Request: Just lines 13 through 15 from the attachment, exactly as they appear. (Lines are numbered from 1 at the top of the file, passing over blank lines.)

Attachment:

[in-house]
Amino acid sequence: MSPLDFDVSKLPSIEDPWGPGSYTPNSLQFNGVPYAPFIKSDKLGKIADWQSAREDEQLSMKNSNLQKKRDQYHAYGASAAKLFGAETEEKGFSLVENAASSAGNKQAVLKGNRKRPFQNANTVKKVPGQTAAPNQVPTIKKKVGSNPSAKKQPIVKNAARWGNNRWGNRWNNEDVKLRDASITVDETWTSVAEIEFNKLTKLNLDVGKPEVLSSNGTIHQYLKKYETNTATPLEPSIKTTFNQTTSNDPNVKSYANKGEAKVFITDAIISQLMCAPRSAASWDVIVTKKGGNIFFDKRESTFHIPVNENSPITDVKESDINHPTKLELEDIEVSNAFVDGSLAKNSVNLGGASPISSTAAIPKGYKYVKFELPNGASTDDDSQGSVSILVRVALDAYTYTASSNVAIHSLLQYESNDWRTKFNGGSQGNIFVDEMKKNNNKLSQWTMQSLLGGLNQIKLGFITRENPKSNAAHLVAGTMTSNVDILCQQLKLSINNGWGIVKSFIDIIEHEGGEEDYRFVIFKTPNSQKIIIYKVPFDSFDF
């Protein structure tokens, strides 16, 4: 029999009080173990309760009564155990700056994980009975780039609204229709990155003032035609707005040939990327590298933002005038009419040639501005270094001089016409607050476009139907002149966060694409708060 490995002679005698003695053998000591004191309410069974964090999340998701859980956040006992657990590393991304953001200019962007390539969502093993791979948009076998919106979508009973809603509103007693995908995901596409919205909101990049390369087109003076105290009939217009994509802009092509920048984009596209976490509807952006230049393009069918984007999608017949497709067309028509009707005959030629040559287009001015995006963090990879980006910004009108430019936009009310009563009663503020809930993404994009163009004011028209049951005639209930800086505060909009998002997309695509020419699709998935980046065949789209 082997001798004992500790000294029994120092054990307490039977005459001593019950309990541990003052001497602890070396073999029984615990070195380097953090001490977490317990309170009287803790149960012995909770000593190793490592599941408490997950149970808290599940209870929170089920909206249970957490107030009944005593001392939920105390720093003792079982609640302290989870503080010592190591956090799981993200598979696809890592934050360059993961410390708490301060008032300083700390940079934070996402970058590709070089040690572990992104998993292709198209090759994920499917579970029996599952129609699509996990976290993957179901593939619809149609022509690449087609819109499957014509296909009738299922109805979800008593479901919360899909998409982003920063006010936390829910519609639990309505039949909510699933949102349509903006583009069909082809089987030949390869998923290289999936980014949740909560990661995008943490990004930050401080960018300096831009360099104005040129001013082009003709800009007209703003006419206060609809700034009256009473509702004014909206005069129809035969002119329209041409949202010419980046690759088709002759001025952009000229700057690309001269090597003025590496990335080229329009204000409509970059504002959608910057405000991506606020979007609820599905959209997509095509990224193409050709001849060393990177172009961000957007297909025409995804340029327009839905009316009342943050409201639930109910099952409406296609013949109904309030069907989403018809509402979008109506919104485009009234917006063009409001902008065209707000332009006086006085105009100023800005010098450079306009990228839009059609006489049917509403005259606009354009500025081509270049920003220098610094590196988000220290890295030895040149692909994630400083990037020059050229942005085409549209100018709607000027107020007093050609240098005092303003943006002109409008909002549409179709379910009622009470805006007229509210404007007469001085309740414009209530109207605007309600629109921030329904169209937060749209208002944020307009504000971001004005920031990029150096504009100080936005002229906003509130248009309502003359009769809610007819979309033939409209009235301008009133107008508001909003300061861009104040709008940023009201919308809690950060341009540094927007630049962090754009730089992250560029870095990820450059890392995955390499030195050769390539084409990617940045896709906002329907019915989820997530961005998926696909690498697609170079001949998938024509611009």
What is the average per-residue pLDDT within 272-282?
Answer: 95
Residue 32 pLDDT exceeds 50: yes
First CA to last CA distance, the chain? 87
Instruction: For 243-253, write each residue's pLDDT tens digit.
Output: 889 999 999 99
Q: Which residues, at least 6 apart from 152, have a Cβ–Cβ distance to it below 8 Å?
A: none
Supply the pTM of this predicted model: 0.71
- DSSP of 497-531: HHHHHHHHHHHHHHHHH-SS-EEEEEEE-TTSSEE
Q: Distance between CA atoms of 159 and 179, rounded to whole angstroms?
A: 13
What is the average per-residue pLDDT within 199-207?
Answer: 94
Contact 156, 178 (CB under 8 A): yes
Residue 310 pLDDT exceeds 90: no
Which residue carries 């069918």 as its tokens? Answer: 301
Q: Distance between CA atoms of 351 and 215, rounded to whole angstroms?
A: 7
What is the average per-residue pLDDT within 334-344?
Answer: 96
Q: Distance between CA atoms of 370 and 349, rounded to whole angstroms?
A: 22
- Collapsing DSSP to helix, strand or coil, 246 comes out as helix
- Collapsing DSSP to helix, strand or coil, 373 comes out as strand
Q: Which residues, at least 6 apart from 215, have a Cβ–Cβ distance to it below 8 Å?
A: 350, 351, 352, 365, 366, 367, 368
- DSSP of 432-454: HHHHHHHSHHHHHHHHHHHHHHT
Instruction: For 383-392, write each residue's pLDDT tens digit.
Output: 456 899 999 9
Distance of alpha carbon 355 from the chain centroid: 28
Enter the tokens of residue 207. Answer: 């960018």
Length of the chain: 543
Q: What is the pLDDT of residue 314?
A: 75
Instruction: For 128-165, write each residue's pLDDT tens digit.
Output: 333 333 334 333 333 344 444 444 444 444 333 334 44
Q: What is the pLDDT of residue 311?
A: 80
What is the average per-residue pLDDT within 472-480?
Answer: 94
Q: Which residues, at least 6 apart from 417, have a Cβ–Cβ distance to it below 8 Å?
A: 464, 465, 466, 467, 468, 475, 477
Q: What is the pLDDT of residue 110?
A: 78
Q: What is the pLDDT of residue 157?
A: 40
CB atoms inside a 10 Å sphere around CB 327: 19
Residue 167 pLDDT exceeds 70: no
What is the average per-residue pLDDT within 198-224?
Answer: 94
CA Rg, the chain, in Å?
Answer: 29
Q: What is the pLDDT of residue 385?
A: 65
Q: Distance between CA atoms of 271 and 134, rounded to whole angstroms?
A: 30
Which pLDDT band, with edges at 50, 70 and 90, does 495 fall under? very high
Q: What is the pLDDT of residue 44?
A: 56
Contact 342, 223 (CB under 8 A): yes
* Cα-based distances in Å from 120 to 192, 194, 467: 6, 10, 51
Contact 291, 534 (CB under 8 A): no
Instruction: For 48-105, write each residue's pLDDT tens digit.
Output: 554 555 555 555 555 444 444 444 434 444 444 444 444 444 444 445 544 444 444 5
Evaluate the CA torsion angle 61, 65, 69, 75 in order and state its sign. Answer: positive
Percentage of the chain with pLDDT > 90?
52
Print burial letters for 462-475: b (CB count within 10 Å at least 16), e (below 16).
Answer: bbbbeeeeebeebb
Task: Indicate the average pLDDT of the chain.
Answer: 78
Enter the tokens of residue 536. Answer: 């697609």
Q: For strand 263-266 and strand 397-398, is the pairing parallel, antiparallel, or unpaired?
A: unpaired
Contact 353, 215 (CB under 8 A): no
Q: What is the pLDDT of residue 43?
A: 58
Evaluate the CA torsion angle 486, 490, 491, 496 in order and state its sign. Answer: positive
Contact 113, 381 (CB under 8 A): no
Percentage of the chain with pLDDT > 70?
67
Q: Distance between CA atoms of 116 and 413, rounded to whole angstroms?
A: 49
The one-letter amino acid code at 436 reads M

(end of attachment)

- DSSP of 497-531: HHHHHHHHHHHHHHHHH-SS-EEEEEEE-TTSSEE
Q: Distance between CA atoms of 159 and 179, rounded to whole angstroms?
A: 13